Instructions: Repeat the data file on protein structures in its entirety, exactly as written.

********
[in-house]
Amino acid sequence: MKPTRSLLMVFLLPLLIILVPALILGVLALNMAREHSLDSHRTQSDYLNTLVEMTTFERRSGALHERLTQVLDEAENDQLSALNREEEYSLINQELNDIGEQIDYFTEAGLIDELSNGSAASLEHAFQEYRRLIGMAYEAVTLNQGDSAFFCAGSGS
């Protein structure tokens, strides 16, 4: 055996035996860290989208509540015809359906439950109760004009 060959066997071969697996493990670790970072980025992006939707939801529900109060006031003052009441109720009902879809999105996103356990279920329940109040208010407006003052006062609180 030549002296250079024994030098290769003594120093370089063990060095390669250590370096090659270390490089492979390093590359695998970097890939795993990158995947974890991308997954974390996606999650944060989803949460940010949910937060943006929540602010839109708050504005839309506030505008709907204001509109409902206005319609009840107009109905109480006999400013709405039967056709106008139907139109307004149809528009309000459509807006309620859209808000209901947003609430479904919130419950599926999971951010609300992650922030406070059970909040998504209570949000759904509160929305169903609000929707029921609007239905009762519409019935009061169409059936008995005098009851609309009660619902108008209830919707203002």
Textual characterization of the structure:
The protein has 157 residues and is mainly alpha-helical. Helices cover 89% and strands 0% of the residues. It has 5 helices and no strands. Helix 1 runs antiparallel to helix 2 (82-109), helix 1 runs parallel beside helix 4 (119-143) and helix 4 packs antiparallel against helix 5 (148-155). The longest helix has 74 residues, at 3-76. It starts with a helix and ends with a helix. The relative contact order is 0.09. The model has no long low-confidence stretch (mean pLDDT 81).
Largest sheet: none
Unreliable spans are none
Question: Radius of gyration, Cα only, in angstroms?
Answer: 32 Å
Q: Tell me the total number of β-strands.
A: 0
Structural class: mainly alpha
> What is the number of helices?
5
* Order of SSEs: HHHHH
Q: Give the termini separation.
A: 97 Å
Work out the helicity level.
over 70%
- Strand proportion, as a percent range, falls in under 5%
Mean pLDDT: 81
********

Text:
[in-house]
Amino acid sequence: MKPTRSLLMVFLLPLLIILVPALILGVLALNMAREHSLDSHRTQSDYLNTLVEMTTFERRSGALHERLTQVLDEAENDQLSALNREEEYSLINQELNDIGEQIDYFTEAGLIDELSNGSAASLEHAFQEYRRLIGMAYEAVTLNQGDSAFFCAGSGS
């Protein structure tokens, strides 16, 4: 055996035996860290989208509540015809359906439950109760004009 060959066997071969697996493990670790970072980025992006939707939801529900109060006031003052009441109720009902879809999105996103356990279920329940109040208010407006003052006062609180 030549002296250079024994030098290769003594120093370089063990060095390669250590370096090659270390490089492979390093590359695998970097890939795993990158995947974890991308997954974390996606999650944060989803949460940010949910937060943006929540602010839109708050504005839309506030505008709907204001509109409902206005319609009840107009109905109480006999400013709405039967056709106008139907139109307004149809528009309000459509807006309620859209808000209901947003609430479904919130419950599926999971951010609300992650922030406070059970909040998504209570949000759904509160929305169903609000929707029921609007239905009762519409019935009061169409059936008995005098009851609309009660619902108008209830919707203002």
Textual characterization of the structure:
The protein has 157 residues and is mainly alpha-helical. Helices cover 89% and strands 0% of the residues. It has 5 helices and no strands. Helix 1 runs antiparallel to helix 2 (82-109), helix 1 runs parallel beside helix 4 (119-143) and helix 4 packs antiparallel against helix 5 (148-155). The longest helix has 74 residues, at 3-76. It starts with a helix and ends with a helix. The relative contact order is 0.09. The model has no long low-confidence stretch (mean pLDDT 81).
Largest sheet: none
Unreliable spans are none
Question: Radius of gyration, Cα only, in angstroms?
Answer: 32 Å
Q: Tell me the total number of β-strands.
A: 0
Structural class: mainly alpha
> What is the number of helices?
5
* Order of SSEs: HHHHH
Q: Give the termini separation.
A: 97 Å
Work out the helicity level.
over 70%
- Strand proportion, as a percent range, falls in under 5%
Mean pLDDT: 81